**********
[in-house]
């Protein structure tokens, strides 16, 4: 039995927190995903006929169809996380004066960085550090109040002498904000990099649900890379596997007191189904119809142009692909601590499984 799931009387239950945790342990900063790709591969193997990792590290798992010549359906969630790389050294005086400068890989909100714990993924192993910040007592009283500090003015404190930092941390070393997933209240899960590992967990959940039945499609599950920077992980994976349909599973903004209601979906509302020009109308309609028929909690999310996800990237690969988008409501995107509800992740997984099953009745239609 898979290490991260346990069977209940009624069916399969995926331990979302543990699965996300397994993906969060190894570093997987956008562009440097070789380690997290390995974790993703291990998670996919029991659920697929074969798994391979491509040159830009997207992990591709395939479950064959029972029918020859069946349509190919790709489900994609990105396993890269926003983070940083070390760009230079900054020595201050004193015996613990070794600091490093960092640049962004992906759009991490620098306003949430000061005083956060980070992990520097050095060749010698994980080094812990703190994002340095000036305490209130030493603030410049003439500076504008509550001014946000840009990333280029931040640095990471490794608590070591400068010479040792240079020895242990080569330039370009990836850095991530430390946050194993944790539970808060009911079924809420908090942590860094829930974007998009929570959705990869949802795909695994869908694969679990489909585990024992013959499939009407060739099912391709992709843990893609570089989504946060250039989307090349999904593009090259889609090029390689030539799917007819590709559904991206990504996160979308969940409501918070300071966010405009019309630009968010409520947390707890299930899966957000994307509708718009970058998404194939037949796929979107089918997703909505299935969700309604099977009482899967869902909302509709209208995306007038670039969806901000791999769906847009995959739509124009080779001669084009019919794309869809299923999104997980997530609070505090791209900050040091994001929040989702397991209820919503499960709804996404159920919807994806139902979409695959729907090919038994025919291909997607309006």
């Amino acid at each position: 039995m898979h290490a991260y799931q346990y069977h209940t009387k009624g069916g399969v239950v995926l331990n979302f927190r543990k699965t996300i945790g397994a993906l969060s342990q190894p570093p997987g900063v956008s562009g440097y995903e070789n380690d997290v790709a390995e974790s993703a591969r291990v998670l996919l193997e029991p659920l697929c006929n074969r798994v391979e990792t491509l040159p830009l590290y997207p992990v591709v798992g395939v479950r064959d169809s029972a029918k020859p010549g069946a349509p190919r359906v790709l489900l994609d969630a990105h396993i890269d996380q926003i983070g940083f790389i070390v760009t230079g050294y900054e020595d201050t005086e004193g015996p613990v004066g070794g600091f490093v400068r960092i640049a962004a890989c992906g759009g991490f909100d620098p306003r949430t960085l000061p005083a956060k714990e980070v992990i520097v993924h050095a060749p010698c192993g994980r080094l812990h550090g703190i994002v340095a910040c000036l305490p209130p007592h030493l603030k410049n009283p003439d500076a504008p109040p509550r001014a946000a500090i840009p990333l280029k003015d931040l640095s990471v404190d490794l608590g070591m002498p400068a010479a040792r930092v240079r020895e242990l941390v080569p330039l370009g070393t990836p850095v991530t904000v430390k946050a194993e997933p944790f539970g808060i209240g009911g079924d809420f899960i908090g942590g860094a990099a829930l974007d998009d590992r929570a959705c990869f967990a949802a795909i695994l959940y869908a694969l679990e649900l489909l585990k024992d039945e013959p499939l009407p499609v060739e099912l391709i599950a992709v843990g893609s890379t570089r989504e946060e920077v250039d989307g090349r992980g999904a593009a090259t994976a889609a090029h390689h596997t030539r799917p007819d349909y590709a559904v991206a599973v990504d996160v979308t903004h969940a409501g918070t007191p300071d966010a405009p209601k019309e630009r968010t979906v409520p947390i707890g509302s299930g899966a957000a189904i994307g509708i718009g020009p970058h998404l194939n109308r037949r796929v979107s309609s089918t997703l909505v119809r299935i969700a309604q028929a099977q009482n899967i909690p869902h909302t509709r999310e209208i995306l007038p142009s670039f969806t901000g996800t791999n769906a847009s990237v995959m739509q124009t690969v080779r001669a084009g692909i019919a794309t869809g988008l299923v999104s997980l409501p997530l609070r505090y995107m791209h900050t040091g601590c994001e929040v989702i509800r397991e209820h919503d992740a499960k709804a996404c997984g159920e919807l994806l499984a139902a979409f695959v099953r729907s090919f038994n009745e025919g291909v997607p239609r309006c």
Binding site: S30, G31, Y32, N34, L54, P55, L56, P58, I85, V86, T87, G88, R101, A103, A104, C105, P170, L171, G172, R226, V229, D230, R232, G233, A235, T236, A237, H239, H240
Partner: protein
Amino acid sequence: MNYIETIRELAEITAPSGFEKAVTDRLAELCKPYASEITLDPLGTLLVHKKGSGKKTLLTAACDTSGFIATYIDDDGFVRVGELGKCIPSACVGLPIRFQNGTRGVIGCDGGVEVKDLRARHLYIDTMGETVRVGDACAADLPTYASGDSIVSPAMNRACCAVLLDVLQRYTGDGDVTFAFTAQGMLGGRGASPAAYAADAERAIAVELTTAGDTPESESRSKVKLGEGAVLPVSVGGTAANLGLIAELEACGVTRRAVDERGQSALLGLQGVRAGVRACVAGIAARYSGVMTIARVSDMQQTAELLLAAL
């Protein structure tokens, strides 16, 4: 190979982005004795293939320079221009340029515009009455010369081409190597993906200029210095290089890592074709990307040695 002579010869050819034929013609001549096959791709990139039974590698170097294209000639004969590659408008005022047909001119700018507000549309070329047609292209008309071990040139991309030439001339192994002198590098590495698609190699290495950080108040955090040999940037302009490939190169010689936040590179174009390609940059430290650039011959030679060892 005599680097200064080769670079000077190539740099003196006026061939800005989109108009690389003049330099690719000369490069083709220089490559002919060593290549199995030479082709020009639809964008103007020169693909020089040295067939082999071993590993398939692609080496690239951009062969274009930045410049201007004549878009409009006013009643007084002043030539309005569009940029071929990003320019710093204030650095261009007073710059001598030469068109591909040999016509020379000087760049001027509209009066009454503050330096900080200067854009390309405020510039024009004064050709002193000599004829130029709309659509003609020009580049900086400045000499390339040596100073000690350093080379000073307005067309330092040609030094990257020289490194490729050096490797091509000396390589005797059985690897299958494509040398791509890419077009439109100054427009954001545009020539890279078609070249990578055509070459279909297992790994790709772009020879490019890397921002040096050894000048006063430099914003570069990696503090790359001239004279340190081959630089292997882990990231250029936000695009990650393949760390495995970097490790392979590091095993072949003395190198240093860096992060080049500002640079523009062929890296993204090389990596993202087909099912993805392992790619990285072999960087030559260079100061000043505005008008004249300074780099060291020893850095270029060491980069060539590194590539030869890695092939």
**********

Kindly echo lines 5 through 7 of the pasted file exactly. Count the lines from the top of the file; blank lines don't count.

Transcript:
Partner: protein
Amino acid sequence: MNYIETIRELAEITAPSGFEKAVTDRLAELCKPYASEITLDPLGTLLVHKKGSGKKTLLTAACDTSGFIATYIDDDGFVRVGELGKCIPSACVGLPIRFQNGTRGVIGCDGGVEVKDLRARHLYIDTMGETVRVGDACAADLPTYASGDSIVSPAMNRACCAVLLDVLQRYTGDGDVTFAFTAQGMLGGRGASPAAYAADAERAIAVELTTAGDTPESESRSKVKLGEGAVLPVSVGGTAANLGLIAELEACGVTRRAVDERGQSALLGLQGVRAGVRACVAGIAARYSGVMTIARVSDMQQTAELLLAAL
């Protein structure tokens, strides 16, 4: 190979982005004795293939320079221009340029515009009455010369081409190597993906200029210095290089890592074709990307040695 002579010869050819034929013609001549096959791709990139039974590698170097294209000639004969590659408008005022047909001119700018507000549309070329047609292209008309071990040139991309030439001339192994002198590098590495698609190699290495950080108040955090040999940037302009490939190169010689936040590179174009390609940059430290650039011959030679060892 005599680097200064080769670079000077190539740099003196006026061939800005989109108009690389003049330099690719000369490069083709220089490559002919060593290549199995030479082709020009639809964008103007020169693909020089040295067939082999071993590993398939692609080496690239951009062969274009930045410049201007004549878009409009006013009643007084002043030539309005569009940029071929990003320019710093204030650095261009007073710059001598030469068109591909040999016509020379000087760049001027509209009066009454503050330096900080200067854009390309405020510039024009004064050709002193000599004829130029709309659509003609020009580049900086400045000499390339040596100073000690350093080379000073307005067309330092040609030094990257020289490194490729050096490797091509000396390589005797059985690897299958494509040398791509890419077009439109100054427009954001545009020539890279078609070249990578055509070459279909297992790994790709772009020879490019890397921002040096050894000048006063430099914003570069990696503090790359001239004279340190081959630089292997882990990231250029936000695009990650393949760390495995970097490790392979590091095993072949003395190198240093860096992060080049500002640079523009062929890296993204090389990596993202087909099912993805392992790619990285072999960087030559260079100061000043505005008008004249300074780099060291020893850095270029060491980069060539590194590539030869890695092939």